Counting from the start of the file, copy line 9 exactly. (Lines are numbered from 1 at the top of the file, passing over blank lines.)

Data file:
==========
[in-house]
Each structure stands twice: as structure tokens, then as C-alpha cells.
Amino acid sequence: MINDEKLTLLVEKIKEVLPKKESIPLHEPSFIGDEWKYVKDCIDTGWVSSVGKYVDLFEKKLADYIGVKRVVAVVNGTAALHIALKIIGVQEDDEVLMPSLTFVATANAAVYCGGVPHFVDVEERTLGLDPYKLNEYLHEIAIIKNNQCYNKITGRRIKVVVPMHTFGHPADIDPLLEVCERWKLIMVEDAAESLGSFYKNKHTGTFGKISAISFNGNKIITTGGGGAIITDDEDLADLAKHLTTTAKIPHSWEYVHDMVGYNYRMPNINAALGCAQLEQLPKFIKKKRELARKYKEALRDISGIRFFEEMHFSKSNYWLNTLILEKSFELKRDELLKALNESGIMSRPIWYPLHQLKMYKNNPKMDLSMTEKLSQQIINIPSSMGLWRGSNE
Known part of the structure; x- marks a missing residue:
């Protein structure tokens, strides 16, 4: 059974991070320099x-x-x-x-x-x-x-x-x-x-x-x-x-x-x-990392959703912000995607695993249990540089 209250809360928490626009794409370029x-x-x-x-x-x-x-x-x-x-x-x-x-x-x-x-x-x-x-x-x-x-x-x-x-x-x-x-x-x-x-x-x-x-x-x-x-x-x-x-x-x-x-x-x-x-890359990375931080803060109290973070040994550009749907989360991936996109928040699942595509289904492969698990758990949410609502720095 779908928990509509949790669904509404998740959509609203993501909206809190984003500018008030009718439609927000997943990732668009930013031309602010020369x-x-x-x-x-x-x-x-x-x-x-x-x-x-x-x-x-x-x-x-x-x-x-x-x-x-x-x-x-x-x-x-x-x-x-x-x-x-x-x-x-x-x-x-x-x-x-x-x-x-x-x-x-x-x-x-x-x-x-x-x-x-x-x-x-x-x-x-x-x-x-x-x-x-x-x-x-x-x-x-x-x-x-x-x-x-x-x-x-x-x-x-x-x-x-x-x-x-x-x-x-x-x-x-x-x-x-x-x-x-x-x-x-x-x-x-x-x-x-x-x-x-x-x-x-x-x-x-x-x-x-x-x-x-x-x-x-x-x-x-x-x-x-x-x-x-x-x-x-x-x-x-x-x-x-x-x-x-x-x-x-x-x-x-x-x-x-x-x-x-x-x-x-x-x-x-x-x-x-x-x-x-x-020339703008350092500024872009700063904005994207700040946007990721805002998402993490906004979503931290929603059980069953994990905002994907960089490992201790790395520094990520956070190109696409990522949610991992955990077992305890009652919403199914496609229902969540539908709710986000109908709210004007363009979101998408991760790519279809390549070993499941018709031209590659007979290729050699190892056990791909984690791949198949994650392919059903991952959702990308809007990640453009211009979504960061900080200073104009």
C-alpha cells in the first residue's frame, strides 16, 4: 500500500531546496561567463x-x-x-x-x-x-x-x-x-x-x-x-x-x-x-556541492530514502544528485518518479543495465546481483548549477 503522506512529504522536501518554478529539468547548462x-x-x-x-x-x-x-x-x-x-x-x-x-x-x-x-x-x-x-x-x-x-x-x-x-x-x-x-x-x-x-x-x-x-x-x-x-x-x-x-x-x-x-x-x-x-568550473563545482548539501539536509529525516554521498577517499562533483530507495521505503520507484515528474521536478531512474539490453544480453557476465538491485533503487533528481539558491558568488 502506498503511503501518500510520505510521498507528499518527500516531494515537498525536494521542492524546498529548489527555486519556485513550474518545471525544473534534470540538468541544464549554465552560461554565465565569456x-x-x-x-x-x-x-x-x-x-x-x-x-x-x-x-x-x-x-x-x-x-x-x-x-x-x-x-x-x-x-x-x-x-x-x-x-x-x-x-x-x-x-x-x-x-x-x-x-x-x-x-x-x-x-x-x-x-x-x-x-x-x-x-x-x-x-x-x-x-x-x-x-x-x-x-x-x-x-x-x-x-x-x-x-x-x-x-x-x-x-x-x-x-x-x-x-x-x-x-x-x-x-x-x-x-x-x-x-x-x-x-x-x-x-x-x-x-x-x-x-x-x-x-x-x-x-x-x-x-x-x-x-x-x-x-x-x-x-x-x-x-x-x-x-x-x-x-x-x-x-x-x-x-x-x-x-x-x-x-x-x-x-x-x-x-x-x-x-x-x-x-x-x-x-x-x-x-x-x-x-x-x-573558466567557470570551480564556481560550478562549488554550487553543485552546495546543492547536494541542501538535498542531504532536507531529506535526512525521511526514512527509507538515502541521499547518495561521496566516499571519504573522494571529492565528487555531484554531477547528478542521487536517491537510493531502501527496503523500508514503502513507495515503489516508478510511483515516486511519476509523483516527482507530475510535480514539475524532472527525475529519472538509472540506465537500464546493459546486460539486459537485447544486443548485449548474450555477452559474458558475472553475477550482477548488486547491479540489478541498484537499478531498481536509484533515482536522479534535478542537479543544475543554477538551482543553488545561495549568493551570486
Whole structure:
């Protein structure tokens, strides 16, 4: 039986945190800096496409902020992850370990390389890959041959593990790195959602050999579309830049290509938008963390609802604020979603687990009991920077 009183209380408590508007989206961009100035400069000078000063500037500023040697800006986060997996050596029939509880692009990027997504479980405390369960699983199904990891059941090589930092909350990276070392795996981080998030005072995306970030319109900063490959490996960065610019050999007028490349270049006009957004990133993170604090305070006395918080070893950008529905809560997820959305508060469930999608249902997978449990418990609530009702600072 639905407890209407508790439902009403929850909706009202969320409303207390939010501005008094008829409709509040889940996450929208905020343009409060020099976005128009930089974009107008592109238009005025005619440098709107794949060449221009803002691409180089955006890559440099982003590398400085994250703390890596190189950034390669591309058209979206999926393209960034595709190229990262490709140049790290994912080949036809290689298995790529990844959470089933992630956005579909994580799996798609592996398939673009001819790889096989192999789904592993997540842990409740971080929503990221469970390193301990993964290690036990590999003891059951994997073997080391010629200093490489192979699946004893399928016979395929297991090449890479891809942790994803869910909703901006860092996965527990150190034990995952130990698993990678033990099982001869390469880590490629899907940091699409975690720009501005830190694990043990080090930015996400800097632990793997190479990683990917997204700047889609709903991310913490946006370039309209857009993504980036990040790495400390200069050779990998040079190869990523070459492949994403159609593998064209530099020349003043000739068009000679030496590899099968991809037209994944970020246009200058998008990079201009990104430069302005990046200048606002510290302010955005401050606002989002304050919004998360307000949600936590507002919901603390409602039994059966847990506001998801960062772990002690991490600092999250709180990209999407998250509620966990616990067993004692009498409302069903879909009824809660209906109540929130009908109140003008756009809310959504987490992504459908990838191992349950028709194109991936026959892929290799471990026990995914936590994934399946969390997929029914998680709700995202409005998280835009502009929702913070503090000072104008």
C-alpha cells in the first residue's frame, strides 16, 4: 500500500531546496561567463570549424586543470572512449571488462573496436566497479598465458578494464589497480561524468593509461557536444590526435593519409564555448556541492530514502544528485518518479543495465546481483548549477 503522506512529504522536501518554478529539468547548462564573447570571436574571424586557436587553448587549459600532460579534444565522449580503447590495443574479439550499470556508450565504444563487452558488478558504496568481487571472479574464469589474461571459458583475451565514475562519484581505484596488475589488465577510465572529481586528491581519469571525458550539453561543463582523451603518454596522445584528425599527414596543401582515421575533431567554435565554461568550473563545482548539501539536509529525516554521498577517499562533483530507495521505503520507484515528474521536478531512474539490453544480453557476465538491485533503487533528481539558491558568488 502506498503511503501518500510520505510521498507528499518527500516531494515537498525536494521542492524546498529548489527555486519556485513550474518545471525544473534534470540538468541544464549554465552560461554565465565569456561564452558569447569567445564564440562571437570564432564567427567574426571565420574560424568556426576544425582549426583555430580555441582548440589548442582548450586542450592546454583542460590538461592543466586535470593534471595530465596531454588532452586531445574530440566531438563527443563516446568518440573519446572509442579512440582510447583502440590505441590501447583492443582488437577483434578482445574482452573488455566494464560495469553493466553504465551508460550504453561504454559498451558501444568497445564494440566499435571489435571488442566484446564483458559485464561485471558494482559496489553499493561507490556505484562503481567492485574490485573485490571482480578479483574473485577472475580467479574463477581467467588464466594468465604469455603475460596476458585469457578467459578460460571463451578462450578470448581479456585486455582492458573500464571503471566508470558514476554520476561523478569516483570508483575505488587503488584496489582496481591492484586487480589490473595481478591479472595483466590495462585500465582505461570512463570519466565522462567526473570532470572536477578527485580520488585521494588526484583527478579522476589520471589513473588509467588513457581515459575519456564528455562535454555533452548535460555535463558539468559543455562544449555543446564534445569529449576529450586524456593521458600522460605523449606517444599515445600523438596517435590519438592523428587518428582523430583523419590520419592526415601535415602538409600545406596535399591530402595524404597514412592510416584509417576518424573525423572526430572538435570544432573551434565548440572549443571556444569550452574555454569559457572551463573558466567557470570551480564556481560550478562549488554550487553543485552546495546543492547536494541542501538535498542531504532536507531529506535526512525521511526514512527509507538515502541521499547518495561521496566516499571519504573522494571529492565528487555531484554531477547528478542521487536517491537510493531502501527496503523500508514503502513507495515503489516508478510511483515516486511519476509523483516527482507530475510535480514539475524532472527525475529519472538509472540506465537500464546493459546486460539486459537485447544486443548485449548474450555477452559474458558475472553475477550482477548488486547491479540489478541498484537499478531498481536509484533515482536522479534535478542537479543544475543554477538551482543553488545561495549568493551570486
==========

C-alpha cells in the first residue's frame, strides 16, 4: 500500500531546496561567463570549424586543470572512449571488462573496436566497479598465458578494464589497480561524468593509461557536444590526435593519409564555448556541492530514502544528485518518479543495465546481483548549477 503522506512529504522536501518554478529539468547548462564573447570571436574571424586557436587553448587549459600532460579534444565522449580503447590495443574479439550499470556508450565504444563487452558488478558504496568481487571472479574464469589474461571459458583475451565514475562519484581505484596488475589488465577510465572529481586528491581519469571525458550539453561543463582523451603518454596522445584528425599527414596543401582515421575533431567554435565554461568550473563545482548539501539536509529525516554521498577517499562533483530507495521505503520507484515528474521536478531512474539490453544480453557476465538491485533503487533528481539558491558568488 502506498503511503501518500510520505510521498507528499518527500516531494515537498525536494521542492524546498529548489527555486519556485513550474518545471525544473534534470540538468541544464549554465552560461554565465565569456561564452558569447569567445564564440562571437570564432564567427567574426571565420574560424568556426576544425582549426583555430580555441582548440589548442582548450586542450592546454583542460590538461592543466586535470593534471595530465596531454588532452586531445574530440566531438563527443563516446568518440573519446572509442579512440582510447583502440590505441590501447583492443582488437577483434578482445574482452573488455566494464560495469553493466553504465551508460550504453561504454559498451558501444568497445564494440566499435571489435571488442566484446564483458559485464561485471558494482559496489553499493561507490556505484562503481567492485574490485573485490571482480578479483574473485577472475580467479574463477581467467588464466594468465604469455603475460596476458585469457578467459578460460571463451578462450578470448581479456585486455582492458573500464571503471566508470558514476554520476561523478569516483570508483575505488587503488584496489582496481591492484586487480589490473595481478591479472595483466590495462585500465582505461570512463570519466565522462567526473570532470572536477578527485580520488585521494588526484583527478579522476589520471589513473588509467588513457581515459575519456564528455562535454555533452548535460555535463558539468559543455562544449555543446564534445569529449576529450586524456593521458600522460605523449606517444599515445600523438596517435590519438592523428587518428582523430583523419590520419592526415601535415602538409600545406596535399591530402595524404597514412592510416584509417576518424573525423572526430572538435570544432573551434565548440572549443571556444569550452574555454569559457572551463573558466567557470570551480564556481560550478562549488554550487553543485552546495546543492547536494541542501538535498542531504532536507531529506535526512525521511526514512527509507538515502541521499547518495561521496566516499571519504573522494571529492565528487555531484554531477547528478542521487536517491537510493531502501527496503523500508514503502513507495515503489516508478510511483515516486511519476509523483516527482507530475510535480514539475524532472527525475529519472538509472540506465537500464546493459546486460539486459537485447544486443548485449548474450555477452559474458558475472553475477550482477548488486547491479540489478541498484537499478531498481536509484533515482536522479534535478542537479543544475543554477538551482543553488545561495549568493551570486